Canadian commander in Afghanistan fired for alleged relationship

KANDAHAR AIRFIELD, Afghanistan – Brig.-Gen. Daniel Menard, commander of Canadian Forces in Afghanistan, was sacked Saturday for alleged conduct unbecoming an officer.

The decision by Lt.-Gen. Marc Lessard, who commands all Canadian troops overseas, was made following allegations made earlier in the day, that Menard had had an inappropriate intimate relationship with someone in Task Force Kandahar. This had “caused Commander CEFCOM to lose confidence in Brig.-Gen Menard’s capacity to command,” officials said in a statement that was released just before dawn on Sunday in Kandahar.

An investigation is being conducted into the allegations and Menard, who was to command the biggest NATO campaign of the war in Kandahar in the next few weeks, is to return to Canada immediately, a military spokesman at Kandahar Airfield said.

Canadian soldiers in Afghanistan and civilian employees, including journalists embedded alongside them, must follow very strict rules governing behaviour with each other. No intimate personal relationships are allowed in theatre, including those involving married couples deployed at the same time.

“Sexual activity or any other form of intimate contact in any context with another individual is prohibited anywhere in the Joint Task Force Afghanistan Area of Operations,” according to theatre standing orders governing personal relationships.

Brig.-Gen Jon Vance, who preceded Menard as commander in Afghanistan, is being rushed to Kandahar to take over for Menard. Vance will command the Canadian task force again until September when Menard’s nine-month tour had been scheduled to end. Vance is to be replaced by Brig.-Gen. Dean Milner, who was also to have replaced Menard.

Task Force Kandahar will be commanded for the next few days by Col. Simon Hetherington, the current deputy commander of Canada’s 2,800 soldiers in Afghanistan.

“As soon as Gen. Lessard became aware of the allegations on May 29, he made the assessment and the decision,” Hetherington said in confirming that Menard had been relieved of command at 2:20 p.m. ET.

“I am not happy to bring you this news,” Hetherington told a small gathering of reporters at 4:30 a.m. Kandahar time.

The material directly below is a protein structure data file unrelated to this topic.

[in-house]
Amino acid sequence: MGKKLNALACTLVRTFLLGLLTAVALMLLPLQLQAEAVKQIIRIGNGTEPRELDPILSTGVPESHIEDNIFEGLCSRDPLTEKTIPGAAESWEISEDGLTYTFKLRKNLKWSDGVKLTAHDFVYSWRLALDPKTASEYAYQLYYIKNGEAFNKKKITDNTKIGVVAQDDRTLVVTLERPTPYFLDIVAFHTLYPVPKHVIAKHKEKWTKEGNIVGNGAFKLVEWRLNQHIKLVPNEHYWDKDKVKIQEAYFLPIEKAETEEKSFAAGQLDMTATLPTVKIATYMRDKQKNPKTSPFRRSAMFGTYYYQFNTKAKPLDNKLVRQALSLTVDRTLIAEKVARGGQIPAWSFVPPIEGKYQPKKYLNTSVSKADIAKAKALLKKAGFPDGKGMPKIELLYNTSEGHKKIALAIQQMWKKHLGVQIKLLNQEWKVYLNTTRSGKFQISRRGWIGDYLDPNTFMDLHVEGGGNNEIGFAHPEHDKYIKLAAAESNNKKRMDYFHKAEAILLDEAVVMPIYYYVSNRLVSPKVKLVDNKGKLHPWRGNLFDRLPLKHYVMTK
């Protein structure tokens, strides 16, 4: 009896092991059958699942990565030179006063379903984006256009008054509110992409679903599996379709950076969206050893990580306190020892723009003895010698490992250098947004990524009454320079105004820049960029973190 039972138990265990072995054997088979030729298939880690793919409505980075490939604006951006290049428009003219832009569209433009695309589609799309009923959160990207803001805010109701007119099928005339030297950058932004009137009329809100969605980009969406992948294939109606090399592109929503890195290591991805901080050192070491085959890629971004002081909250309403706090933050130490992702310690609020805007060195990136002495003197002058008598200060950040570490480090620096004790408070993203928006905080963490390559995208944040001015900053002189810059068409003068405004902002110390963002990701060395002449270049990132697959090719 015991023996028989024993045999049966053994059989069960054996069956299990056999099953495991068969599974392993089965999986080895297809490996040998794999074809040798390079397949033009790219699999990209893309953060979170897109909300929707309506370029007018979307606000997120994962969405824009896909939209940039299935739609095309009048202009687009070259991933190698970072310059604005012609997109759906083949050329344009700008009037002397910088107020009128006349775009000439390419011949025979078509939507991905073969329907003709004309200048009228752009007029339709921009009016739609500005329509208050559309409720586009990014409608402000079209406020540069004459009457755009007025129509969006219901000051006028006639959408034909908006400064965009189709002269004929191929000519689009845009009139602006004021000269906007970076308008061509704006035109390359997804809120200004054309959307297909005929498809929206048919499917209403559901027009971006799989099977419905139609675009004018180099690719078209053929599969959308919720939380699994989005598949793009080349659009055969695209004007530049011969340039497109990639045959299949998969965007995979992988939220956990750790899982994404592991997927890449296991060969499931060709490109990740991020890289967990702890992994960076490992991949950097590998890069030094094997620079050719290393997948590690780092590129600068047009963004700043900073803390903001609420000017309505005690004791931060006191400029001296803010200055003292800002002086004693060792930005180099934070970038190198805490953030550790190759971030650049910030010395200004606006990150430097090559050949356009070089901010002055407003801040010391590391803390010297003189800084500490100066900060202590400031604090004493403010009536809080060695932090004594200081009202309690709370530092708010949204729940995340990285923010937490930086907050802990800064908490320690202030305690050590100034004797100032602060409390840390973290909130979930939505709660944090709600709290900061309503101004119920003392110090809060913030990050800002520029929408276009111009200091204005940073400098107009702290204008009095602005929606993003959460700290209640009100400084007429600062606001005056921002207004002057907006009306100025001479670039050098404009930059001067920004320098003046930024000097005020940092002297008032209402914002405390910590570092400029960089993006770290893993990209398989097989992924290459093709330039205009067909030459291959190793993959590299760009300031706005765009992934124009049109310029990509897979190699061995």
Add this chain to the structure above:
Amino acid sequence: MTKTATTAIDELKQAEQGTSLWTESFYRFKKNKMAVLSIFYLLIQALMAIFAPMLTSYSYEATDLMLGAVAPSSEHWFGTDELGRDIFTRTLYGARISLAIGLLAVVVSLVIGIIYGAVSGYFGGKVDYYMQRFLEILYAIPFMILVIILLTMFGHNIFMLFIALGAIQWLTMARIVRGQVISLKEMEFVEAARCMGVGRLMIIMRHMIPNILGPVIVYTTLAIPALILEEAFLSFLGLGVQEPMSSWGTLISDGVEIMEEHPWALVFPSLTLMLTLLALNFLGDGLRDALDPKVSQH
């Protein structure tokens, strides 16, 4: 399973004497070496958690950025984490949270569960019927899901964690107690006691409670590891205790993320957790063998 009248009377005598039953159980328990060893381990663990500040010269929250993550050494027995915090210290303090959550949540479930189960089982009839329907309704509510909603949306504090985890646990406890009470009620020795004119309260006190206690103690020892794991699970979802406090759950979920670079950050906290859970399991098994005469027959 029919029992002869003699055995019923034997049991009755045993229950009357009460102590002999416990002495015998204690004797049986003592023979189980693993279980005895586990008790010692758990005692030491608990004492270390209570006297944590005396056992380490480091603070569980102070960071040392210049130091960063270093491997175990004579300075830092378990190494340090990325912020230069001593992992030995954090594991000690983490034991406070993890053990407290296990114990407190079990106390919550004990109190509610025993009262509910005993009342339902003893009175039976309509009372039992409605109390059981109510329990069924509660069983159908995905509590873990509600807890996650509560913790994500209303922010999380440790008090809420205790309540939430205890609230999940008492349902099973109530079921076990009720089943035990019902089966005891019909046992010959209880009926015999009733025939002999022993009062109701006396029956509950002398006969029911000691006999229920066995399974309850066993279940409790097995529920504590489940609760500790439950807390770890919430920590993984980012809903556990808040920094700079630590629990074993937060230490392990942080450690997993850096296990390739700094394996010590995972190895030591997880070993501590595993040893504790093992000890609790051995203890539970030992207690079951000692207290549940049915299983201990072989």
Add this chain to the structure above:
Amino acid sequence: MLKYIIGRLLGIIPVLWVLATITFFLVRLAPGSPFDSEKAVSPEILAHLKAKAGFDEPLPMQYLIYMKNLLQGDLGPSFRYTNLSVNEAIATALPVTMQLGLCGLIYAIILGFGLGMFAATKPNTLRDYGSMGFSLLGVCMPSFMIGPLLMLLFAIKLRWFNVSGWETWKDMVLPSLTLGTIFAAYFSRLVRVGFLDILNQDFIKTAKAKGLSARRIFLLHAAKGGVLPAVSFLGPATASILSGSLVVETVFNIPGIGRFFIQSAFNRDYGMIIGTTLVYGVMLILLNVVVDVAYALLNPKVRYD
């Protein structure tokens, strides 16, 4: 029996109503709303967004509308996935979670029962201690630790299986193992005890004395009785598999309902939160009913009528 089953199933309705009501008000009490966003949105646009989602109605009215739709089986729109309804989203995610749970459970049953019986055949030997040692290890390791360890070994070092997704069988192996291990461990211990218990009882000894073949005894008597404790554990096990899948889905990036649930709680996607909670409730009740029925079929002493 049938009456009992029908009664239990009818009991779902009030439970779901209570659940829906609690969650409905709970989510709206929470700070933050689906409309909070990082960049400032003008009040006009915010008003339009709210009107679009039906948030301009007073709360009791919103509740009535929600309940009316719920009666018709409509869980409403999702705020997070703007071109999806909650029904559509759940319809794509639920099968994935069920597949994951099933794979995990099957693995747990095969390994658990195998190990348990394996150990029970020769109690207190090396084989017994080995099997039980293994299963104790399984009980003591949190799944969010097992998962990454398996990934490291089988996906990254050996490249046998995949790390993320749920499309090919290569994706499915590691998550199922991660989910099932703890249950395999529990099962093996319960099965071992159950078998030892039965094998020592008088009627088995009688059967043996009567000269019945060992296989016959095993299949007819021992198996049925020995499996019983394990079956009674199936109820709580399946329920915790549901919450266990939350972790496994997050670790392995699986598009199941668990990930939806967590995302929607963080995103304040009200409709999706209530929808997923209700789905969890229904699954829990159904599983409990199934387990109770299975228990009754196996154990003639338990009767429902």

“It is what it is.”

“I can’t discuss any details of anything that is under investigation. Nor can I go into information on the identity of the alleged other person . . .

“The allegations against Gen. Menard are just that, allegations against Gen. Menard.”

Menard joined the Royal 22nd Regiment as an infantry officer in 1984. Being only 42 years old and already a flag officer, he was considered one of the army’s top young commanders.

Only last Tuesday, Menard pleaded guilty at a court martial in Gatineau, Que., to negligently discharging his rifle. That incident, which took place in March, involved Menard inadvertently firing his rifle as he was about to board a U.S. army helicopter in Kandahar with Canada’s top soldier, Gen. Walt Natynczyk.

Menard was fined $3,500 for the negligent discharge and had only returned to Kandahar on Thursday evening after three weeks of leave in Canada.

“This will be very interesting weeks and months. We are looking forward to it,” Menard said when encountered in a cafeteria hours after he returning here from Canada. The general was referring to a major campaign against the Taliban that he was expected to lead this summer that many believe is the most critical of the eight-year war against the Taliban.

Soldiers waking up to the news in Kandahar on Sunday morning expressed shock and disbelief at the allegations against Menard, but declined to discuss their thoughts on the record.

Asked whether it might effect the military’s standing among the public, Hetherington said: “I don’t see it as a mark against the Canadian military, at all.”

Menard’s emergency replacement, Vance, left Afghanistan on Nov. 25 after a nine-month tour in which the Canadian task force began, for the first time, to live among the Afghan population in small communities to the southwest of Kandahar City. It was a counter-insurgency tactic that was later applauded by U.S army Gen. Stanley McChrystal, the top NATO commander in Afghanistan, who personally visited Vance three times to discuss ways the program could be implemented across Afghanistan.

“It is an administrative and logistics matter to get Gen. Vance here,” Hetherington said. “Gen. Vance is likely to arrive here in five to seven days; call it a week . . .

“It can be assumed that he was selected because of his recent Afghan experience. His reputation with the allies is sound. He is a proven, professional officer.”

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